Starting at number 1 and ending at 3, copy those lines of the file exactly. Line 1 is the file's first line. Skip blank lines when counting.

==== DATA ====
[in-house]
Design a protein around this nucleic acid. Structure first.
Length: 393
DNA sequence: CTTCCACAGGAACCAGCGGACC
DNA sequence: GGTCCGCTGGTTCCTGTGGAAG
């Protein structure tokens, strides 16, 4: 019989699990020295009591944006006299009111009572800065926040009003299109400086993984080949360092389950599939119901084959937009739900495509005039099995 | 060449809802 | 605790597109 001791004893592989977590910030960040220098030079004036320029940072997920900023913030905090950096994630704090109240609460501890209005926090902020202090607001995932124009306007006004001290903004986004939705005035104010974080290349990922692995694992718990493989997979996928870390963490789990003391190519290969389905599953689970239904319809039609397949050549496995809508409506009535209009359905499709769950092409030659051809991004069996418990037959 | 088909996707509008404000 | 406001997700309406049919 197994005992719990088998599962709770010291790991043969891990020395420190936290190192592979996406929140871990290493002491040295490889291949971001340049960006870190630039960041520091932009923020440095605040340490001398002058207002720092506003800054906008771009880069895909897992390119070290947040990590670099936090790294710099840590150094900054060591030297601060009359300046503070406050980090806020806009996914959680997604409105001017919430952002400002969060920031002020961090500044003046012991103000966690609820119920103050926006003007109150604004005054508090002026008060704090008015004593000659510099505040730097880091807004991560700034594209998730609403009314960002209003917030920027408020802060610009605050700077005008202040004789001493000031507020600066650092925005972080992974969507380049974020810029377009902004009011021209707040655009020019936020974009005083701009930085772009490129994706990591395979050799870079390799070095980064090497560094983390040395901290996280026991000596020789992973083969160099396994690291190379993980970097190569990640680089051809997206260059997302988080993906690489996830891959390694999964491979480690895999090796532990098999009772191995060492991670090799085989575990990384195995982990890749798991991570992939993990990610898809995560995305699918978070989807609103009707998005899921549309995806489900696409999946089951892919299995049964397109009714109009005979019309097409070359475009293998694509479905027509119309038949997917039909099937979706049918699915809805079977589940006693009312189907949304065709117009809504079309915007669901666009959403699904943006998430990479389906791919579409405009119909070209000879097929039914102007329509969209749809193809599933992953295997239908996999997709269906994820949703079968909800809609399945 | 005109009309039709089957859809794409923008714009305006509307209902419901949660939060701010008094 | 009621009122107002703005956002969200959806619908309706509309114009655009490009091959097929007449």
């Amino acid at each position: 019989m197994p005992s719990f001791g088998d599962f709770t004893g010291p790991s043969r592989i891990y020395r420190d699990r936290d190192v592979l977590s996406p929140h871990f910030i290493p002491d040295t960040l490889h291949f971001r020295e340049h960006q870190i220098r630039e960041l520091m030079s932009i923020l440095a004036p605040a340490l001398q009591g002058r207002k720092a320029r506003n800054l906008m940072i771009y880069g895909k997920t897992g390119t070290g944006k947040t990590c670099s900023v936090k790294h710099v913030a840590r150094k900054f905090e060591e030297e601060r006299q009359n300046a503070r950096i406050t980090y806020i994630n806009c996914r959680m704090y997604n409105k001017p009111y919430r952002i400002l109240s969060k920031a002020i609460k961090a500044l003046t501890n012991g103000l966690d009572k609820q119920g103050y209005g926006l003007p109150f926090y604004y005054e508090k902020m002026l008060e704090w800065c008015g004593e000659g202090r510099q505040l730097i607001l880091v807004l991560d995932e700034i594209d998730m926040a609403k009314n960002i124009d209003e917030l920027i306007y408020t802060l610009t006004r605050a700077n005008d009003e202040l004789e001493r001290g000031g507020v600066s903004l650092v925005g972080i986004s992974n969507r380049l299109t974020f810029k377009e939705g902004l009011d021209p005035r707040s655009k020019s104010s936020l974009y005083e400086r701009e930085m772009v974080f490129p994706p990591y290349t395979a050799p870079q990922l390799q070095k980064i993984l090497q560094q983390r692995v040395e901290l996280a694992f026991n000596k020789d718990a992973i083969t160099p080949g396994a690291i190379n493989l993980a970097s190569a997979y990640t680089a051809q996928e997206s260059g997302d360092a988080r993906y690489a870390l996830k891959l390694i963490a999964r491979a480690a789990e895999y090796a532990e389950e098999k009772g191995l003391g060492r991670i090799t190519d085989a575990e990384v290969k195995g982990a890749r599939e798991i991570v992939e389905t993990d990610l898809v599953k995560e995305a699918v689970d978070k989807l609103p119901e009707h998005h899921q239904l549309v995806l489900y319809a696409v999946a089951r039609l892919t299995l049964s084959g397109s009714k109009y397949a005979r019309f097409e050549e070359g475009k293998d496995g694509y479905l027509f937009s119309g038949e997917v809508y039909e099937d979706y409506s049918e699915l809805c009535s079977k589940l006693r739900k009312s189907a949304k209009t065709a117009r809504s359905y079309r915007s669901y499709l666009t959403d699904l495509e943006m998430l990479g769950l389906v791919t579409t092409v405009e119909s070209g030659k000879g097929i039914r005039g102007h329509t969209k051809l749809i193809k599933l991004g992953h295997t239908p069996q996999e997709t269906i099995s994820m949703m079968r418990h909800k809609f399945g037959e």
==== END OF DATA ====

[in-house]
Design a protein around this nucleic acid. Structure first.
Length: 393